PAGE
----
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Tax increases hurt business and kill jobs

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Sen. Scott Fitzgerald
March 10, 2009

When a business can’t make ends meet, it has to lay off employees. In the midst of a recession with employers struggling and people losing their jobs, the wrong thing for government to do is take more money from them. Government can’t keep dialing up taxes to fuel state spending and pretend it won’t cost jobs. Unfortunately, that’s exactly what Democrats are doing.


Senate Majority Leader Russ Decker, D-Schofield, recently wrote a column (Page 9A, March 3) trying to justify why he and Gov. Jim Doyle have passed, and are proposing more, massive tax increases on employers. He talks about closing a “Las Vegas loophole” in which he wrongly accuses Wisconsin employers of avoiding tax payments. What he’s referring to is “combined reporting,” in which government collects taxes from Wisconsin businesses on income derived in other states.


One company that will be hard hit by the new tax is Frito-Lay, which has plants in Beloit, Beaver Dam and other locations across Wisconsin. We have worked hard through the years to encourage such companies to locate and expand in our state.


Gov. Doyle and legislative Democrats turned a deaf ear to businesses’ concerns when they made combined reporting state law and proposed more backbreaking taxes on top of it. Hundreds of companies, large and small, will be hit hard by this quarter-billion dollar annual tax increase. Now they’re deciding whether they can keep operating in Wisconsin. If they decide to move those jobs out of our state, they’re gone for good.


Many of these employers have been calling me to ask why Democrats are punishing them. John Radke, president of BioResearch, which employs 15 people in Brown Deer, said this will make him reconsider expanding here in the future. Procter and Gamble, which provides 1,000 good-paying jobs in Green Bay, will be hit with $5.4 million more in taxes each year.


The lesson that Sen. Decker should have taken from Miller Coors choosing Illinois over Wisconsin is that our business climate is worse than Illinois’ even without combined reporting. Other states have combined reporting, but most remain more attractive for businesses because many other factors rank Wisconsin’s business climate among the worst in the country. In Forbes Magazine’s 2008 ranking of the best states for business, Wisconsin ranked 43rd. More taxes on businesses will only pull Wisconsin’s ranking down further.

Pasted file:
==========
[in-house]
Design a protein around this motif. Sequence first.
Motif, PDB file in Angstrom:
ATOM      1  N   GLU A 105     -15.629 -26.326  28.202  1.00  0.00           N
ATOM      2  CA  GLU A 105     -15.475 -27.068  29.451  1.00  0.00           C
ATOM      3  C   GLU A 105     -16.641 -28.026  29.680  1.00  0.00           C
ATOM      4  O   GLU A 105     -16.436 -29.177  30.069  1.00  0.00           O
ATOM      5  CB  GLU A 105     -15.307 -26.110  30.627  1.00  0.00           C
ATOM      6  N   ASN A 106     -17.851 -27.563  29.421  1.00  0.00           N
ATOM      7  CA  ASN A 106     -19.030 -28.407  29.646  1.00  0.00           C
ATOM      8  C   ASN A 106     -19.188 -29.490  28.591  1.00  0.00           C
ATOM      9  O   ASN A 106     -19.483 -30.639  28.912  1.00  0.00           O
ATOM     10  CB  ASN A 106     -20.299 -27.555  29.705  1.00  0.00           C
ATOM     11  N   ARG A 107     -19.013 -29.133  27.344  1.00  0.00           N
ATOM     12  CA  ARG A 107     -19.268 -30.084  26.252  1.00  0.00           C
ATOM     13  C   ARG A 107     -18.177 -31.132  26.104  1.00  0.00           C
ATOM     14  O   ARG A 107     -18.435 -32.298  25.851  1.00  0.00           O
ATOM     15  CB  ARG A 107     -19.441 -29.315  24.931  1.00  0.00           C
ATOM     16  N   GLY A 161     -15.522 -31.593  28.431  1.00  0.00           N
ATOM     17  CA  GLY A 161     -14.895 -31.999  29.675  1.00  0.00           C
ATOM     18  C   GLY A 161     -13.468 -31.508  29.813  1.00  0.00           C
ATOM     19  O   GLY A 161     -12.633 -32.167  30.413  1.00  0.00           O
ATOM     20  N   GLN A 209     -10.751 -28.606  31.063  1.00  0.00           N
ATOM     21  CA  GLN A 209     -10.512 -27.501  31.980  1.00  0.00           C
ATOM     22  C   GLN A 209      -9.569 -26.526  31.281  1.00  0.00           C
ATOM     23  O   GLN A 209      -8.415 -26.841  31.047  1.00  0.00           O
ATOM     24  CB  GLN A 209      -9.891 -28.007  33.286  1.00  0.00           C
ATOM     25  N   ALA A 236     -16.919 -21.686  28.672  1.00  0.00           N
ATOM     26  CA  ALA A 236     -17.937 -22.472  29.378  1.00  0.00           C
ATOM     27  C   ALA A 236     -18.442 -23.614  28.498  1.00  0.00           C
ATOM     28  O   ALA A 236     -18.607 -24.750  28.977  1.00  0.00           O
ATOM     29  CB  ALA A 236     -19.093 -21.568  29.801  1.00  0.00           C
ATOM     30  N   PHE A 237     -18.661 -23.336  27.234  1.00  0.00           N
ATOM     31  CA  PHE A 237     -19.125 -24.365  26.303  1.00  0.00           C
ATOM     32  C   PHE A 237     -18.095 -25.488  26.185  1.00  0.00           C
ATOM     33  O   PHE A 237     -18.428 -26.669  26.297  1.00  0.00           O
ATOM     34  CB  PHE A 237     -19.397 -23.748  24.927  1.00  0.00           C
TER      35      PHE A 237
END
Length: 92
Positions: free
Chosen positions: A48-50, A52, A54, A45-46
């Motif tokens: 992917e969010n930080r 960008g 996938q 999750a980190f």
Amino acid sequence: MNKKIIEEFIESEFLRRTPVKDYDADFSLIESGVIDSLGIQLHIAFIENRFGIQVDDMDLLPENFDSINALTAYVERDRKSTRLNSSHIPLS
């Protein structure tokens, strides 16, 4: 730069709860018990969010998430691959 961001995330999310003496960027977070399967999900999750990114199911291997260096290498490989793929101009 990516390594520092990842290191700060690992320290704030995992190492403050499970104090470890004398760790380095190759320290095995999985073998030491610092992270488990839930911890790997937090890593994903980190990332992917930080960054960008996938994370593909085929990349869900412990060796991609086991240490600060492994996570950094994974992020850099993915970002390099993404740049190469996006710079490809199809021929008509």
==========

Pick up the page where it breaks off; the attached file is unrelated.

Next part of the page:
The nonpartisan Tax Foundation shows that Wisconsin’s business tax climate is not competitive and that taxes matter to businesses when considering where to locate. Wisconsin Democrats worsened our state’s business climate at the worst possible time—when we’re in the midst of the worst recession in decades.


Republicans launched the WISCONSIN JOBS NOW Task Force to hear from employers on what the government should and should not do to help them maintain and create jobs. The first thing they say is to stop raising the price of doing business. Private-sector growth, not government, will dig us out of this recession.


Visit the Web site www.wisconsinjobsnow.info for more information on the task force.


Sen. Scott Fitzgerald, R-Juneau, is Senate minority leader and represents the 13th Senate District. Write to him at Room 202 South, State Capitol, P.O. Box 7882, Madison, WI 53707-7882; call him at (608) 266-5660 or e-mail Sen.Fitz-gerald@legis.wisconsin.gov.

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